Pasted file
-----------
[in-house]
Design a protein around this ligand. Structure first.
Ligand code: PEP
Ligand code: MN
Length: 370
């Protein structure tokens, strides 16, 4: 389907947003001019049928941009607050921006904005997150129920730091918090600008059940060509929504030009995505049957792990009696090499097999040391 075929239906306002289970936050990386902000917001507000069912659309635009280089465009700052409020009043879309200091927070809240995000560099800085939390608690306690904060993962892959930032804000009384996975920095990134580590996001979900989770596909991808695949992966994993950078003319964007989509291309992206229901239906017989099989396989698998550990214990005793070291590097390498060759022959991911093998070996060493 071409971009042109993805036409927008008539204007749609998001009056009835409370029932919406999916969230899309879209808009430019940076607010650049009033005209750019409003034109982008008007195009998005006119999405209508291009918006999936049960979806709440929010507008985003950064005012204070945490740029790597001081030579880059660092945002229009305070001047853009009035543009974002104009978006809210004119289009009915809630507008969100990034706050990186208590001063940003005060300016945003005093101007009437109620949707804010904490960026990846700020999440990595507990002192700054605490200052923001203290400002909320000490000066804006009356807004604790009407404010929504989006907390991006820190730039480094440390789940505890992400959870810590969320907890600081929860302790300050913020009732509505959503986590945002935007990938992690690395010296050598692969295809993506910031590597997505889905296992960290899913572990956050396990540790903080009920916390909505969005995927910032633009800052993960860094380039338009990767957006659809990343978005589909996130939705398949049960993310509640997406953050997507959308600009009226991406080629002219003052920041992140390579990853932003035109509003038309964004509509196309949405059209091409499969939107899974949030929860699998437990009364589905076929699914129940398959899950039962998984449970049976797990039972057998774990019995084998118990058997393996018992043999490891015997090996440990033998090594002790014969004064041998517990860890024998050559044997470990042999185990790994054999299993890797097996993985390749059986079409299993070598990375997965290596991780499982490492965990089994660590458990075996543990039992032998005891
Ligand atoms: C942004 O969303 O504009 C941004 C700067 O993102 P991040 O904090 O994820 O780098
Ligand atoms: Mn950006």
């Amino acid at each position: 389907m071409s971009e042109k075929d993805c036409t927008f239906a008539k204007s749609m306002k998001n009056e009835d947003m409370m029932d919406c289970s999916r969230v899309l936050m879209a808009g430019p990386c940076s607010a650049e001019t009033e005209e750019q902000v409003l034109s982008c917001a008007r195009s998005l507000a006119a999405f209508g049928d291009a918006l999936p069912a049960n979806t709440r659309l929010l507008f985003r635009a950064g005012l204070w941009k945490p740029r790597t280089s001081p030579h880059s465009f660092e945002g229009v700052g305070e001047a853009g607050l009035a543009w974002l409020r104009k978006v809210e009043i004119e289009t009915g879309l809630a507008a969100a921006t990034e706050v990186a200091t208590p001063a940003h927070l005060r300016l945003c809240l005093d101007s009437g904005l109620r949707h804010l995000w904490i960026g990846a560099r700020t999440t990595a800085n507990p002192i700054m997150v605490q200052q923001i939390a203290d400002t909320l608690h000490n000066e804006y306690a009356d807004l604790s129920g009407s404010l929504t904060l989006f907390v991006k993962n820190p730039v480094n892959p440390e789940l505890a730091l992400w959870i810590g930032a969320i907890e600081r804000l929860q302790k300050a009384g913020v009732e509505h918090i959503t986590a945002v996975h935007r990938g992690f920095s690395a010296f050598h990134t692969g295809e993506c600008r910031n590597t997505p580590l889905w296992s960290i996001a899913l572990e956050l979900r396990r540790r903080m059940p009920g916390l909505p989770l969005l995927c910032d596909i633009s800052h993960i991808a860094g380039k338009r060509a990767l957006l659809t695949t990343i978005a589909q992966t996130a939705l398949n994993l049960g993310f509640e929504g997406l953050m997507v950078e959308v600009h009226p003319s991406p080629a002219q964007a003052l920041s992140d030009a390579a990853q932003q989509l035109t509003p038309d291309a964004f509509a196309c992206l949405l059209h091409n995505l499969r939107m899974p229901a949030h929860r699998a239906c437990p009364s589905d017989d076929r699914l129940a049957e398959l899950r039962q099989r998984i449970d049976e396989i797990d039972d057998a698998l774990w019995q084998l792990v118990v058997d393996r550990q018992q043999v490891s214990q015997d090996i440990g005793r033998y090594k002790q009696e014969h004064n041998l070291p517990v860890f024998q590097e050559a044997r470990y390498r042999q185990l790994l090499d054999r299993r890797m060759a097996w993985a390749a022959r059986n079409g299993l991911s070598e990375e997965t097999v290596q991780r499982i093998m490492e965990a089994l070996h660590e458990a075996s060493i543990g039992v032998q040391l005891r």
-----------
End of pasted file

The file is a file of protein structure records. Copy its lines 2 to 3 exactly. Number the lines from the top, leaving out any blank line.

Design a protein around this ligand. Structure first.
Ligand code: PEP